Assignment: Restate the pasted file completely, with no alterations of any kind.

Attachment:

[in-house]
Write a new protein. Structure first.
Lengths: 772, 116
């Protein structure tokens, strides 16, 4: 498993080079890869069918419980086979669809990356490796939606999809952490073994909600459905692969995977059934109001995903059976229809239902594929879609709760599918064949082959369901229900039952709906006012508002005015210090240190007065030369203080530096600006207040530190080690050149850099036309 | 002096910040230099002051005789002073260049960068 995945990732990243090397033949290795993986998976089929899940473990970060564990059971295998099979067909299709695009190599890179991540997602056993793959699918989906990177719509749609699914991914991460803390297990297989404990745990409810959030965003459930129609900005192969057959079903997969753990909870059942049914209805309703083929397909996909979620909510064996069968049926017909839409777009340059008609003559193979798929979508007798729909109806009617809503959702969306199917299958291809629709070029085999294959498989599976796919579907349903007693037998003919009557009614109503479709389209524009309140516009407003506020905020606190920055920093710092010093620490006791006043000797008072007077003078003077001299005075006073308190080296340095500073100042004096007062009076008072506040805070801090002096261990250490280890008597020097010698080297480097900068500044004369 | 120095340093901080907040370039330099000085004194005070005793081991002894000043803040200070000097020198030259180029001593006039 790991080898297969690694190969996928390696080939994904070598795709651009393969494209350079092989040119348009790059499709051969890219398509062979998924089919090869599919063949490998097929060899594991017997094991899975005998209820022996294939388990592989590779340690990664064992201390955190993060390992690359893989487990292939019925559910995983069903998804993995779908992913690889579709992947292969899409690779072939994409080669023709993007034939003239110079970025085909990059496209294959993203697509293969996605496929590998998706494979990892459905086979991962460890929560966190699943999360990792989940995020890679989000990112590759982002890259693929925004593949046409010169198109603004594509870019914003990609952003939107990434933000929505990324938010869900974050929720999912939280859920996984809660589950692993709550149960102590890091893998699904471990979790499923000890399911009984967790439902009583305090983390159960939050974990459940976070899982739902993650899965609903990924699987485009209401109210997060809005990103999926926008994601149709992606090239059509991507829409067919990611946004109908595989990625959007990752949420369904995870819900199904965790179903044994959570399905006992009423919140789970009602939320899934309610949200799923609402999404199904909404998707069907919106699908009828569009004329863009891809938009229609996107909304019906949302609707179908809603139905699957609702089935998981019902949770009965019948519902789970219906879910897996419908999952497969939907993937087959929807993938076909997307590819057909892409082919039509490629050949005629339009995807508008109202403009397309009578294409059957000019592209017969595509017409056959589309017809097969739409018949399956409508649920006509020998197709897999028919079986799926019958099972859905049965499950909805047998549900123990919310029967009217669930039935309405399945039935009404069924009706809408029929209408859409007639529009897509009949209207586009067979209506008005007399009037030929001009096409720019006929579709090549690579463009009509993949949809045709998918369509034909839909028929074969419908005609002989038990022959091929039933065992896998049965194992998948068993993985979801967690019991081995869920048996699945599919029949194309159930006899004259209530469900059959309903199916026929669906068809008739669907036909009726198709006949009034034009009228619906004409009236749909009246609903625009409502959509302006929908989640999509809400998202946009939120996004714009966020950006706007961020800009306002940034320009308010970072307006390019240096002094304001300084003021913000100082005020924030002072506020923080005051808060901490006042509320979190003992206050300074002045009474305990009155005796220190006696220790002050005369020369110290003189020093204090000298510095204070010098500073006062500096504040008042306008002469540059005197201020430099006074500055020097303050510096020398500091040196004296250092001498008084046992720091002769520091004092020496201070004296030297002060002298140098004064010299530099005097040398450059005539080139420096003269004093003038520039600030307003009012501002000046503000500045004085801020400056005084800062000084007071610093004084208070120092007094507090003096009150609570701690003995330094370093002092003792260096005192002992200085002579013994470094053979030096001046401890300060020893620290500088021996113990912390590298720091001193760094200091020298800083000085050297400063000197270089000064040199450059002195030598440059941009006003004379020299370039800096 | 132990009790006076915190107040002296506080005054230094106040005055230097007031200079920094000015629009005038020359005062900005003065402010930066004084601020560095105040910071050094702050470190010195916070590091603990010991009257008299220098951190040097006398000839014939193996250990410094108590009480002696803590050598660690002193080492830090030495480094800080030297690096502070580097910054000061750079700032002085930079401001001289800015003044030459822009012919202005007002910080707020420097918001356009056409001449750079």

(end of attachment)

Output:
[in-house]
Write a new protein. Structure first.
Lengths: 772, 116
């Protein structure tokens, strides 16, 4: 498993080079890869069918419980086979669809990356490796939606999809952490073994909600459905692969995977059934109001995903059976229809239902594929879609709760599918064949082959369901229900039952709906006012508002005015210090240190007065030369203080530096600006207040530190080690050149850099036309 | 002096910040230099002051005789002073260049960068 995945990732990243090397033949290795993986998976089929899940473990970060564990059971295998099979067909299709695009190599890179991540997602056993793959699918989906990177719509749609699914991914991460803390297990297989404990745990409810959030965003459930129609900005192969057959079903997969753990909870059942049914209805309703083929397909996909979620909510064996069968049926017909839409777009340059008609003559193979798929979508007798729909109806009617809503959702969306199917299958291809629709070029085999294959498989599976796919579907349903007693037998003919009557009614109503479709389209524009309140516009407003506020905020606190920055920093710092010093620490006791006043000797008072007077003078003077001299005075006073308190080296340095500073100042004096007062009076008072506040805070801090002096261990250490280890008597020097010698080297480097900068500044004369 | 120095340093901080907040370039330099000085004194005070005793081991002894000043803040200070000097020198030259180029001593006039 790991080898297969690694190969996928390696080939994904070598795709651009393969494209350079092989040119348009790059499709051969890219398509062979998924089919090869599919063949490998097929060899594991017997094991899975005998209820022996294939388990592989590779340690990664064992201390955190993060390992690359893989487990292939019925559910995983069903998804993995779908992913690889579709992947292969899409690779072939994409080669023709993007034939003239110079970025085909990059496209294959993203697509293969996605496929590998998706494979990892459905086979991962460890929560966190699943999360990792989940995020890679989000990112590759982002890259693929925004593949046409010169198109603004594509870019914003990609952003939107990434933000929505990324938010869900974050929720999912939280859920996984809660589950692993709550149960102590890091893998699904471990979790499923000890399911009984967790439902009583305090983390159960939050974990459940976070899982739902993650899965609903990924699987485009209401109210997060809005990103999926926008994601149709992606090239059509991507829409067919990611946004109908595989990625959007990752949420369904995870819900199904965790179903044994959570399905006992009423919140789970009602939320899934309610949200799923609402999404199904909404998707069907919106699908009828569009004329863009891809938009229609996107909304019906949302609707179908809603139905699957609702089935998981019902949770009965019948519902789970219906879910897996419908999952497969939907993937087959929807993938076909997307590819057909892409082919039509490629050949005629339009995807508008109202403009397309009578294409059957000019592209017969595509017409056959589309017809097969739409018949399956409508649920006509020998197709897999028919079986799926019958099972859905049965499950909805047998549900123990919310029967009217669930039935309405399945039935009404069924009706809408029929209408859409007639529009897509009949209207586009067979209506008005007399009037030929001009096409720019006929579709090549690579463009009509993949949809045709998918369509034909839909028929074969419908005609002989038990022959091929039933065992896998049965194992998948068993993985979801967690019991081995869920048996699945599919029949194309159930006899004259209530469900059959309903199916026929669906068809008739669907036909009726198709006949009034034009009228619906004409009236749909009246609903625009409502959509302006929908989640999509809400998202946009939120996004714009966020950006706007961020800009306002940034320009308010970072307006390019240096002094304001300084003021913000100082005020924030002072506020923080005051808060901490006042509320979190003992206050300074002045009474305990009155005796220190006696220790002050005369020369110290003189020093204090000298510095204070010098500073006062500096504040008042306008002469540059005197201020430099006074500055020097303050510096020398500091040196004296250092001498008084046992720091002769520091004092020496201070004296030297002060002298140098004064010299530099005097040398450059005539080139420096003269004093003038520039600030307003009012501002000046503000500045004085801020400056005084800062000084007071610093004084208070120092007094507090003096009150609570701690003995330094370093002092003792260096005192002992200085002579013994470094053979030096001046401890300060020893620290500088021996113990912390590298720091001193760094200091020298800083000085050297400063000197270089000064040199450059002195030598440059941009006003004379020299370039800096 | 132990009790006076915190107040002296506080005054230094106040005055230097007031200079920094000015629009005038020359005062900005003065402010930066004084601020560095105040910071050094702050470190010195916070590091603990010991009257008299220098951190040097006398000839014939193996250990410094108590009480002696803590050598660690002193080492830090030495480094800080030297690096502070580097910054000061750079700032002085930079401001001289800015003044030459822009012919202005007002910080707020420097918001356009056409001449750079």